over the alleged “screen-scraping” activities of Bravofly breach provisions of the Trademarks Act and the Copyright and Related Rights Act, amount to “passing off” and also breach the conditions for accessing the Ryanair website.
Other companies welcome linkages to increase traffic, and may enter into marketing arrangements (eg with price comparison sites or as affiliates) that offer financial benefits to either or both parties.
David Philips in “Online Public Relations” cites agency as one of three phenomena identified by Anne Gregory as important to online PR (alongside transparency and porosity):
‘Agency’ is the process of transformation of a message as it is passed from one person to another, and acts through the application to the original data of new context and understanding… Agency is of itself neither benign nor malicious.
PR practitioners are masters in using agency in respect of securing third party endorsement, traditionally via mainstream media reporting of messages. We seek to ensure influential people are advocates for our organisations, helping build its reputation.
The idea has always been that the wider our message spreads – especially by positive word of mouth – the better. So, the internet, email and social media add velocity to the power of PR to spread a message – and provided it is not transformed negatively, everyone is happy.
Except, there is increasingly the issue of copyright and protecting intellectual property, with commercialism coming head to head with opportunities to maximise access and reach online.
When PR practitioners send out a press release, they want its content to be reproduced as widely as possible.
Back in May, Zoe Margolis picked up on a growing trend for mainstream media to use blog content without permission or payment. In particular, the case of JonnyB comes to mind, where a 392-word post was used by the Mail on Sunday – and although the paper did subsequently pay Jonny’s invoice, its apology contained the pretty amazing statement:
We generally take the view that blogs published on the internet have already been placed in the public domain by their authors and, in case of amateur writers, most people are happy to have their work recognised and displayed to a wider audience.
The Mail on Sunday attitude that blog posts are free to use as they are in the public domain is naive at best – especially when such newspapers protect their own copyright (including when this is simply reproducing corporate press releases).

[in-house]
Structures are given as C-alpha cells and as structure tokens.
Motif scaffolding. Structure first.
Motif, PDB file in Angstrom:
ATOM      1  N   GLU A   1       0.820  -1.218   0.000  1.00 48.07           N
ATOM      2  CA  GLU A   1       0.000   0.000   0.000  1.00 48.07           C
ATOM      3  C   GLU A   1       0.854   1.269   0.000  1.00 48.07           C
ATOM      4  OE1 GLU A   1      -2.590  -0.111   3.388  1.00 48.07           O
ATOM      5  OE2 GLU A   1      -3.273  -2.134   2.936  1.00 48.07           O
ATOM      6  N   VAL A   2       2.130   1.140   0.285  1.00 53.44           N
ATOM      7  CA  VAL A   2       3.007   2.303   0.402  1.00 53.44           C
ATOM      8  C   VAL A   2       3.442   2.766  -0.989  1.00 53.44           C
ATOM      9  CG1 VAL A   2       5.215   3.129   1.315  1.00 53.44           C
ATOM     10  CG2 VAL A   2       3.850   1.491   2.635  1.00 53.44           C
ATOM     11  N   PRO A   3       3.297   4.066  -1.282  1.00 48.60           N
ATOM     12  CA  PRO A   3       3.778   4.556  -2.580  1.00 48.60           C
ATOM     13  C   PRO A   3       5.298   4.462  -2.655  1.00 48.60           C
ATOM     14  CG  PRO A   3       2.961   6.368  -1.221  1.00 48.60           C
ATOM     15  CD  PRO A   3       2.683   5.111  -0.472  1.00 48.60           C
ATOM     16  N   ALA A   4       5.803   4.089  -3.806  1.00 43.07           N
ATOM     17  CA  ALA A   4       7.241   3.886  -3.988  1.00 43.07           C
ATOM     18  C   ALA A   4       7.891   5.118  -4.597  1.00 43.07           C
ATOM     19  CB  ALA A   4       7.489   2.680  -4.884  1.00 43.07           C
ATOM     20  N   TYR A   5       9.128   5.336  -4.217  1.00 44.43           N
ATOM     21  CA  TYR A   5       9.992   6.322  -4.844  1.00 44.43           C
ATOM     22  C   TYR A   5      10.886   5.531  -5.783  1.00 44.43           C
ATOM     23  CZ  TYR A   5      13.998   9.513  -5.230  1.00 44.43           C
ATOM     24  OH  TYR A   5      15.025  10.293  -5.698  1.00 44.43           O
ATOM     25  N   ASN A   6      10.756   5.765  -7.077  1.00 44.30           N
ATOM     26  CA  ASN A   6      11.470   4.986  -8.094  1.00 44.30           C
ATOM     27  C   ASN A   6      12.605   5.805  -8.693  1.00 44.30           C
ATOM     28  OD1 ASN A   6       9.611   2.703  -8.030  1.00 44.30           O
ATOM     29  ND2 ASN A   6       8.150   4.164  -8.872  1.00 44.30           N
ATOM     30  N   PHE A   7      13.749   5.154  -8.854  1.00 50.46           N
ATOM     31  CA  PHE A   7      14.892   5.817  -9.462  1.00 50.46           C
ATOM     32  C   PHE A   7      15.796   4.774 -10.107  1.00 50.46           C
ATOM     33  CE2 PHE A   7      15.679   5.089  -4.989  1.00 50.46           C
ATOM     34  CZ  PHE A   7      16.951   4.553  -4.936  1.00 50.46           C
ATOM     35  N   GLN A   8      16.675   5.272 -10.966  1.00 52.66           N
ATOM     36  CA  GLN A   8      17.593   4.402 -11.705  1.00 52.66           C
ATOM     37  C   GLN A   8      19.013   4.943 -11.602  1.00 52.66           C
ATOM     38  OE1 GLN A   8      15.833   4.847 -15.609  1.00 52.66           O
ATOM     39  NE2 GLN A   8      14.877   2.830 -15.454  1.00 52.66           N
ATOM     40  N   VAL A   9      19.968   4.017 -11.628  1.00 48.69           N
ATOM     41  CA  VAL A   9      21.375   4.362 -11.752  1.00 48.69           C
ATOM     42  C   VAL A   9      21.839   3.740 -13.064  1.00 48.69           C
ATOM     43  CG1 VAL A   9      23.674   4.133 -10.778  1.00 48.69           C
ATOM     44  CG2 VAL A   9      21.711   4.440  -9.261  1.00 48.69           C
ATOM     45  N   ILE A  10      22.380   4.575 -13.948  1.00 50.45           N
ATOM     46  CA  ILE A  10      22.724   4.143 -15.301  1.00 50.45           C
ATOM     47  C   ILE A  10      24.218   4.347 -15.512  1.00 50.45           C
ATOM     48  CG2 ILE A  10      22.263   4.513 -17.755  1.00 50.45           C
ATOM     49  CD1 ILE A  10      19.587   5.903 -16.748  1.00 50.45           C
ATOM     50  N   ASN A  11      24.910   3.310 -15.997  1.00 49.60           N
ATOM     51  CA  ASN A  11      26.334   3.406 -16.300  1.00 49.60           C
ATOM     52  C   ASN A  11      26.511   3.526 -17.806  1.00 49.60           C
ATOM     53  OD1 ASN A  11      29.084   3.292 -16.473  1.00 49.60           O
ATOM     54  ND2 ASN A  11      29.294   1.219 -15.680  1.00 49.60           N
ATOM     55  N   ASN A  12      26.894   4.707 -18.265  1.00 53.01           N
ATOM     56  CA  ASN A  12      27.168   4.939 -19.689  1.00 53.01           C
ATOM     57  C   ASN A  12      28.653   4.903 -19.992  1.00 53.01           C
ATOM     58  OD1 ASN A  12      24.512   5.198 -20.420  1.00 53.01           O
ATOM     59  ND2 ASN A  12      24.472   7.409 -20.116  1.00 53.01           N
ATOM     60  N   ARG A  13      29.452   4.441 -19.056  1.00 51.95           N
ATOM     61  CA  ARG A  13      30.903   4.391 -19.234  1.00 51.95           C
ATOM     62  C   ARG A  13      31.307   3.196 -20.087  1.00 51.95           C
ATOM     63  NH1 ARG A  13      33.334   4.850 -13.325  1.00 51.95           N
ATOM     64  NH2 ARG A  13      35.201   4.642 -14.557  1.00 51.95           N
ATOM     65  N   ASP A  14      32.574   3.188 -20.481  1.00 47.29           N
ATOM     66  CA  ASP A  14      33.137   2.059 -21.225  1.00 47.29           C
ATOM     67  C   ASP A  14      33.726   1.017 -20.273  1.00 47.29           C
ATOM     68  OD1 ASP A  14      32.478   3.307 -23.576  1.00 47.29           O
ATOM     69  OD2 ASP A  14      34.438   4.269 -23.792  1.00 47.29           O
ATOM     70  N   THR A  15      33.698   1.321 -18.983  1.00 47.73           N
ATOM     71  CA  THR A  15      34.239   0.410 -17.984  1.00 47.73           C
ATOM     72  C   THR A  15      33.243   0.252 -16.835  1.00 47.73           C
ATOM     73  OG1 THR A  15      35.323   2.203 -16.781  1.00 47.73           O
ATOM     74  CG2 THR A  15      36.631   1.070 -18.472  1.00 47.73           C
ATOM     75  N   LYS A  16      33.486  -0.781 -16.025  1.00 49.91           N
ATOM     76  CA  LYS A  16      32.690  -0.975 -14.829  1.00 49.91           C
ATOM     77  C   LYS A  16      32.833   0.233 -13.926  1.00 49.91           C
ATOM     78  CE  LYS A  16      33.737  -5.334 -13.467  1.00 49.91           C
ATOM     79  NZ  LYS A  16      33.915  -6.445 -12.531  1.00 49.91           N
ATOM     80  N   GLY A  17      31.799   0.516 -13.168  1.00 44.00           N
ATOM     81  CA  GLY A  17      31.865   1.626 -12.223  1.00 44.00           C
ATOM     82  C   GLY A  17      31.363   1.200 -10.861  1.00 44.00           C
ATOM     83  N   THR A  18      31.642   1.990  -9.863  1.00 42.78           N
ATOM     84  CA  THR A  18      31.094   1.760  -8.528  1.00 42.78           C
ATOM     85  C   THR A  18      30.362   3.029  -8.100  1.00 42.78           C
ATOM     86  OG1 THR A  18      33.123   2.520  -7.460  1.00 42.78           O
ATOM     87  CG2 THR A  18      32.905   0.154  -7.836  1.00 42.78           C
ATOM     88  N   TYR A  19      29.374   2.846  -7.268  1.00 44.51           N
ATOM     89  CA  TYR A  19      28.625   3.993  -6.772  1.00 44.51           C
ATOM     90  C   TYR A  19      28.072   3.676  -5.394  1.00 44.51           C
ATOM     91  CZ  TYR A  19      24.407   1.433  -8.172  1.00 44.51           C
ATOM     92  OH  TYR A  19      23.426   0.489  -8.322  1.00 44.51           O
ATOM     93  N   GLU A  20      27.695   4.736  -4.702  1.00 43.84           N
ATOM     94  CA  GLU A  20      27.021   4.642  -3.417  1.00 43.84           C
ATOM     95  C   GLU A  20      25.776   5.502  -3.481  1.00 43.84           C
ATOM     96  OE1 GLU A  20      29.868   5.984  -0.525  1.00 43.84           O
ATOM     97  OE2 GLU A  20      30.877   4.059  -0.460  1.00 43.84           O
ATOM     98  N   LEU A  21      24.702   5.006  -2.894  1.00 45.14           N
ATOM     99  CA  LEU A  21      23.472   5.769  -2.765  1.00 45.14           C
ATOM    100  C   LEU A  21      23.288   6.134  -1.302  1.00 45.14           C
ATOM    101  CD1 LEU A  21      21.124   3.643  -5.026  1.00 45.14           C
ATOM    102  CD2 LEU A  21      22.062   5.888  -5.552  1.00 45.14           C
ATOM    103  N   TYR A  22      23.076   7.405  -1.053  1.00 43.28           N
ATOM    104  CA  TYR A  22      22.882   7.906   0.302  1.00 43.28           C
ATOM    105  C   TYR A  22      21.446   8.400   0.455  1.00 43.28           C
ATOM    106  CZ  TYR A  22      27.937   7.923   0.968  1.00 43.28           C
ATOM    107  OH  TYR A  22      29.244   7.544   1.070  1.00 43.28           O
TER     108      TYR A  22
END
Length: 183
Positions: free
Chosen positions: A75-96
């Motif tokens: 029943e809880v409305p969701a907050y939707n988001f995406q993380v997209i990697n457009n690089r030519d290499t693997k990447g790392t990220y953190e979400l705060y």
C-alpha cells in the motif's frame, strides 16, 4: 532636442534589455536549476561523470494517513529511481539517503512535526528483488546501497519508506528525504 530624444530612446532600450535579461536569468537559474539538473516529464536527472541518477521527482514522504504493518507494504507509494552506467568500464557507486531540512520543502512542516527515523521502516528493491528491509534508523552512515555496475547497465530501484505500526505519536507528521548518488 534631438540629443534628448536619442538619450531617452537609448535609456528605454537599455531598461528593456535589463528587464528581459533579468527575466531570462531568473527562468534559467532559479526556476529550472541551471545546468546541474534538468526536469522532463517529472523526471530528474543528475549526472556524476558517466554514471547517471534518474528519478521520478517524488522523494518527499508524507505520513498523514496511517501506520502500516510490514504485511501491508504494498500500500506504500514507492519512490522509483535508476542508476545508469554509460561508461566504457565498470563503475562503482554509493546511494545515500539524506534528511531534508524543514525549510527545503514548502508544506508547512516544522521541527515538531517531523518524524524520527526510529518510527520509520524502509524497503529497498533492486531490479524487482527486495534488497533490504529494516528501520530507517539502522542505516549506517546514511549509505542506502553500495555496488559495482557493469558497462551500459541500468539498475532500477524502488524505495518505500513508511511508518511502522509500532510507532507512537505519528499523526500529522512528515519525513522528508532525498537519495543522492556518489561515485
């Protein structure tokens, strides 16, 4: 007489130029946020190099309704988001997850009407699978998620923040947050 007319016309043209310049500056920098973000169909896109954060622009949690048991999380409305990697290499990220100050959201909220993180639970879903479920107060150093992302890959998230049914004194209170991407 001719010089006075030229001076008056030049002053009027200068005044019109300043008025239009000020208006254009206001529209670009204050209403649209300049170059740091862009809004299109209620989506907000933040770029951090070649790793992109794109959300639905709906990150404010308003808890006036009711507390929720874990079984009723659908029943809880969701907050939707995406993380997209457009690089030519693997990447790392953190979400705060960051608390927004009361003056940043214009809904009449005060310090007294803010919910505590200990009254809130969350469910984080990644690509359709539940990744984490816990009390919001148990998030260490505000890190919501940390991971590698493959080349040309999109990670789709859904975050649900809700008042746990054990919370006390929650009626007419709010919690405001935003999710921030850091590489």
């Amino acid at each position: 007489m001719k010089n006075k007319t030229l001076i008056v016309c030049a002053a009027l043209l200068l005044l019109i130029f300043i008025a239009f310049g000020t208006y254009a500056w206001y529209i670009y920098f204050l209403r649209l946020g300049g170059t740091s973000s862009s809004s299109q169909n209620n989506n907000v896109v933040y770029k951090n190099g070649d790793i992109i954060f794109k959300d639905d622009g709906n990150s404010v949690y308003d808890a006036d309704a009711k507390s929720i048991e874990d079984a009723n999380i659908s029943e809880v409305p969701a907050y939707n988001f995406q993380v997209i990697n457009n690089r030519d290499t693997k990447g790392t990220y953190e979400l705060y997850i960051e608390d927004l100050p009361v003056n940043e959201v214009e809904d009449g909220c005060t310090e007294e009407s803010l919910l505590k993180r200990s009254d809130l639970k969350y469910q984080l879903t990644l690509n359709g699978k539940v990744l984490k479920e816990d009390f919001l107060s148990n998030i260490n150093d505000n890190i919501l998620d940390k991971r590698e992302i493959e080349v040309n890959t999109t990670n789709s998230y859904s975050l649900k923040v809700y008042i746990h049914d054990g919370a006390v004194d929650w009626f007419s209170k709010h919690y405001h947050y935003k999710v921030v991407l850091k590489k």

Greenbanana has been quoted from twice recently by PRWeek – and I’m happy for the exposure. If I had been asked, then I would have approved the use. My posts are also picked up through spliced feeds eg FeedBurner’s PR Network and I use RSS to feed my blog to my educational website, www.greenbanana.biz (alongside feeds from the Guardian and BBC).
It is nice to be read – but there is a new trend where other bloggers lift an entire post. This has occurred a couple of times for posts at PRConversations – including my recent musings on Google juice and digital dirt, which has been reproduced at Trimedia: Blog | Europe’s leading PR Agency & Communications Consultancy.
I have not been asked for this post to be used in this way – and it implies an involvement (possibly even an endorsement) with Trimedia in Switzerland, which does not exist. If I’d been contacted, I would probably have agreed to author a guest post or allow this work to be cited, but my words have just been scraped.
I believe there needs to be a balance between enforcing laws to protect originators whilst enabling their work to reach a wider audience (if that is what they want) as the agency of online communications allows.
But scraping by commercial organisations is normally done for a vested interest, and one would expect the companies whose information is used should be asked to agree to this. The principle should also apply when lifting the majority or entirety of a blog post (whether for online or offline publication), even when acknowledgement is given in the form of a credit or link.